Friday, July 8, 2016

Do Lafzon Ki Kahani: Review

There’s a scene some 30 minutes into Do Lafzon Ki Kahani that might illustrate what a confounding and avoidable experience it is. Jenny (Kajal Agarwal), a blind Indian teacher in Kuala Lumpur, arrives at her doorstep late at night to find her creepy boss there, drunk out of his mind and making advances. After he forces his way in, she pours him juice instead of, say, locking herself into a room or looking for the nearest knife. At this point, he slurs what is both the most memorable line in the movie and a contender for the worst piece of writing of the year so far: “I have my own juice.”

Luckily for Jenny—and anyone who would rather not know what he meant by that—our hero, Sooraj (Randeep Hooda), turns up to do the requisite saving. But the scene isn’t done with us. Instead of being grateful, Jenny berates Sooraj for breaking her boss’ fingers. What if they fire her from her job? Sooraj, confused, asks if she really wants to work in a place like that. Which workplace, she yells, doesn’t have men like that?

Jenny eventually apologizes to Sooraj. I would rather Deepak Tijori did the same. This is the erstwhile actor’s sixth film as director. For the most part, it’s a slushy mess, enlivened only by the inadvertent comedy of Girish Dhamija’s writing and sudden spikes of melodrama that would have been rejected as excessive by TV soap producers. It’s based on the 2011 Korean film Always—the second such remake this week along with Te3n. What will Bollywood turn to once it’s remade all the Korean films worth remaking? I hear Romanian cinema comes highly recommended.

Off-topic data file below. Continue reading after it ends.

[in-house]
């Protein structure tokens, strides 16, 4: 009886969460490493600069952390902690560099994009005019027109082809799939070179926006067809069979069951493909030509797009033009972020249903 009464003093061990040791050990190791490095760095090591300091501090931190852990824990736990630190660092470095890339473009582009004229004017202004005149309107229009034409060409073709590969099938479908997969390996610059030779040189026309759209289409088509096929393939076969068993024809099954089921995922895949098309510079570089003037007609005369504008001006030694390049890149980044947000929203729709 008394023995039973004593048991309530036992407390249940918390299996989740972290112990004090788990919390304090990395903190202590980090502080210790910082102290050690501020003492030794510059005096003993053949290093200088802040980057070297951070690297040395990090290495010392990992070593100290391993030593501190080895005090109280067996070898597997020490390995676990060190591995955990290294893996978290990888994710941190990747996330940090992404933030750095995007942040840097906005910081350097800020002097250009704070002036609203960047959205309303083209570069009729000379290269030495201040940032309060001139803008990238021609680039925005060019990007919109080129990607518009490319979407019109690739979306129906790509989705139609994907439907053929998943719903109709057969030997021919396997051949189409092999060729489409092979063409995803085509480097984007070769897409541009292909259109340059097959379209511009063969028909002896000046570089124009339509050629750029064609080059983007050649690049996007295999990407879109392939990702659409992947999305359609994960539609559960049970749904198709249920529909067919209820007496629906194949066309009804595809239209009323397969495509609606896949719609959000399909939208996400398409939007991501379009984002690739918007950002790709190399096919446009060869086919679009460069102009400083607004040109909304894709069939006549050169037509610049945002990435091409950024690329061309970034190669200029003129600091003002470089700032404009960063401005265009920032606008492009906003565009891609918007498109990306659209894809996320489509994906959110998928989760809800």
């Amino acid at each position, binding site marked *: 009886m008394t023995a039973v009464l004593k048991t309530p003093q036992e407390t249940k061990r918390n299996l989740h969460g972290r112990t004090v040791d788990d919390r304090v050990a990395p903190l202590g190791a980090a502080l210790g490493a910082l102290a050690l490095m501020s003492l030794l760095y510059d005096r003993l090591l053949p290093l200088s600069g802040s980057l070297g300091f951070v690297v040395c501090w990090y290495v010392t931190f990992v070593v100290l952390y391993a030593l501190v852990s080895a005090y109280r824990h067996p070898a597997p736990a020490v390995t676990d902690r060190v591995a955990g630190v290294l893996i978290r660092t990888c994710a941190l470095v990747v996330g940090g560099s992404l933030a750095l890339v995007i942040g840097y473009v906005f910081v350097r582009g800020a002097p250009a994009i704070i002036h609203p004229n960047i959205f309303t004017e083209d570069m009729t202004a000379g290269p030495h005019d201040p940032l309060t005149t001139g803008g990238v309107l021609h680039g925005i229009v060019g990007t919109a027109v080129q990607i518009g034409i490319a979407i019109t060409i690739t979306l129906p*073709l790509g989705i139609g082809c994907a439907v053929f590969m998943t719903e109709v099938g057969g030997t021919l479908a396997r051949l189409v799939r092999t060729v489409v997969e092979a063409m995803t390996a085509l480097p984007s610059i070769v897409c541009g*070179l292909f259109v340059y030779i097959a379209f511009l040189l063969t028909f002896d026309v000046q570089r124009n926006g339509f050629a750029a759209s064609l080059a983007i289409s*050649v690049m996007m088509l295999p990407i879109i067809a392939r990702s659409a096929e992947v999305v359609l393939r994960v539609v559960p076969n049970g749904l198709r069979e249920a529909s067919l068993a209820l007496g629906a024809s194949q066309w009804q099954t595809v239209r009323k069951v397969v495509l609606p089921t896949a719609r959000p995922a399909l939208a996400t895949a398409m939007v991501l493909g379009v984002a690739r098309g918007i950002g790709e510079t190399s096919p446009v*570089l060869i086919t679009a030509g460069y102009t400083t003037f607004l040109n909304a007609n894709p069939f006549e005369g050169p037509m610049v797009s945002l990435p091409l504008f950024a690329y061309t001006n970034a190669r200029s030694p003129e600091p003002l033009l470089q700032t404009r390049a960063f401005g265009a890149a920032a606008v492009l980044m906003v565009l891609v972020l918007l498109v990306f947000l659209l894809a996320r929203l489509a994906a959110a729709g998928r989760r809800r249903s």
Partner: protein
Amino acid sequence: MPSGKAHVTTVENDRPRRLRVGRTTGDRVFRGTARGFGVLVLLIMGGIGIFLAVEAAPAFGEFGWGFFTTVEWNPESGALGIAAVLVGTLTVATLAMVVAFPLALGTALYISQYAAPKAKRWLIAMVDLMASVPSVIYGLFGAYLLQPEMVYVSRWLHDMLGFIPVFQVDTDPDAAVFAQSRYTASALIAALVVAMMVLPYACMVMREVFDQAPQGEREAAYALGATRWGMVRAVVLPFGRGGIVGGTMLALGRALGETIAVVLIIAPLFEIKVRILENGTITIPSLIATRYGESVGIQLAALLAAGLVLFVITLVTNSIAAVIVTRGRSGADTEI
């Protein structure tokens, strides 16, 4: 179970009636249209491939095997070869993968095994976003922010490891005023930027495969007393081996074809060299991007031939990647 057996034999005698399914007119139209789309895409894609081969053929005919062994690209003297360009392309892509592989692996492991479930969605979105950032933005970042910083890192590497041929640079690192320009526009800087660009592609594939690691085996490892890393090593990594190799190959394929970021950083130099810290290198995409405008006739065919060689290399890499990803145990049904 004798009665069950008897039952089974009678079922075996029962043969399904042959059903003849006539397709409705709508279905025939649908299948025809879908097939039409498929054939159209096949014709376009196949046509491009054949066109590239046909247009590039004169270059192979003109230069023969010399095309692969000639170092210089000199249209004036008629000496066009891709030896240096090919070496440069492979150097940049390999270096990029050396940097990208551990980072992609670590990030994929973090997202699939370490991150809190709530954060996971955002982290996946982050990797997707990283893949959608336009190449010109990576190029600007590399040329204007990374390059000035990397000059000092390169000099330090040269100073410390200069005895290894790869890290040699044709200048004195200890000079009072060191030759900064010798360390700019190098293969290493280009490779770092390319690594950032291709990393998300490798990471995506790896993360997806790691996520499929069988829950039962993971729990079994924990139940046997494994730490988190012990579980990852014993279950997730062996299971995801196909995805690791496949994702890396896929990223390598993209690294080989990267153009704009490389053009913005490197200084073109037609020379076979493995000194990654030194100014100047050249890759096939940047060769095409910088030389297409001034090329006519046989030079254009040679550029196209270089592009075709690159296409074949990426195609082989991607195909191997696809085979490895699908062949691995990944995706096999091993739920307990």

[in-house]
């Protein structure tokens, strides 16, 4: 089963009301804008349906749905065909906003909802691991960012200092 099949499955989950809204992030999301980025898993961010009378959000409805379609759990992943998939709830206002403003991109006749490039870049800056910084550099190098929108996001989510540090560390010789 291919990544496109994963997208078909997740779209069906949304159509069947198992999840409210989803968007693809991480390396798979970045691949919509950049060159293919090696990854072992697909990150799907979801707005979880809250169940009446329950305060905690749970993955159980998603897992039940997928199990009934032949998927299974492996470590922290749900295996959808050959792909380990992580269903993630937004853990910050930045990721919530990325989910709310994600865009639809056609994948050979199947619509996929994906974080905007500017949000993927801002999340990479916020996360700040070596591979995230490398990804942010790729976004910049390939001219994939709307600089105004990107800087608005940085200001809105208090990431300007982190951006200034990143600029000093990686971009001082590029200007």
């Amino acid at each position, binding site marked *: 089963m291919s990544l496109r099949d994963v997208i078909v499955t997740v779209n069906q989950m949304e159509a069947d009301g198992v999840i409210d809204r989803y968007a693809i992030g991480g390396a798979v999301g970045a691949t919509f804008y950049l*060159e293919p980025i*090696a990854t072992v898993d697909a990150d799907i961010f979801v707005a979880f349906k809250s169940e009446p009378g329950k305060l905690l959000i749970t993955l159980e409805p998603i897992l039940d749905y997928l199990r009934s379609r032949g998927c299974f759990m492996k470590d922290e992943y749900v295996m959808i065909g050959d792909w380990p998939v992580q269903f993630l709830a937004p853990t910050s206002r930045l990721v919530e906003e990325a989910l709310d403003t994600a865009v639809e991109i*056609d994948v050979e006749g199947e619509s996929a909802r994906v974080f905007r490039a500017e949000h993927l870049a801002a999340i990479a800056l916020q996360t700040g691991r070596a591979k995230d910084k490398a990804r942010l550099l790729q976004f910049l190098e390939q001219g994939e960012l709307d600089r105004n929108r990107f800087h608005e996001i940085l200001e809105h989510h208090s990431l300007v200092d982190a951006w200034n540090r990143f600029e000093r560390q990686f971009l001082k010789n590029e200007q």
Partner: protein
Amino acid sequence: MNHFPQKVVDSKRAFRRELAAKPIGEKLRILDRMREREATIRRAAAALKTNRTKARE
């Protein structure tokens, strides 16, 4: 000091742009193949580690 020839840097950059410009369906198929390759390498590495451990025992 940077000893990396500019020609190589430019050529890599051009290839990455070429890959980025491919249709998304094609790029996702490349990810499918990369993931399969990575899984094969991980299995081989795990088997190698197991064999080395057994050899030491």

When we’re first introduced to Sooraj, he’s running from his past as an MMA fighter and part-time thug. But if you’ve ever watched a Bhatt camp film (which this one resembles in spirit), you’ll know that you can’t run from your past, just as you can’t hide your true face from the one who loves you, even if she can’t see. Sooraj and Jenny fall in love, slowly and painfully (for the viewer, not them). Even as he struggles to tell her about a particularly dark period in his life, they find out that her sight can be restored through a cornea transplant. For dramatic purposes, the operation has to be within the next 15 days, which requires a large sum of money to be arranged almost immediately.

Thus Sooraj returns to the fighting pits and a life of crime while Jenny…well, Jenny just talks a lot. If their love story only has do lafz, she’s definitely uttered both of them while he’s stood by and gritted his teeth. This is exactly the sort of no-hope venture that Randeep Hooda seems to land up in again and again, frustrating those who believe that he ought to be a much bigger star and above dross of this sort by now.

This review appeared in Mint.

No comments: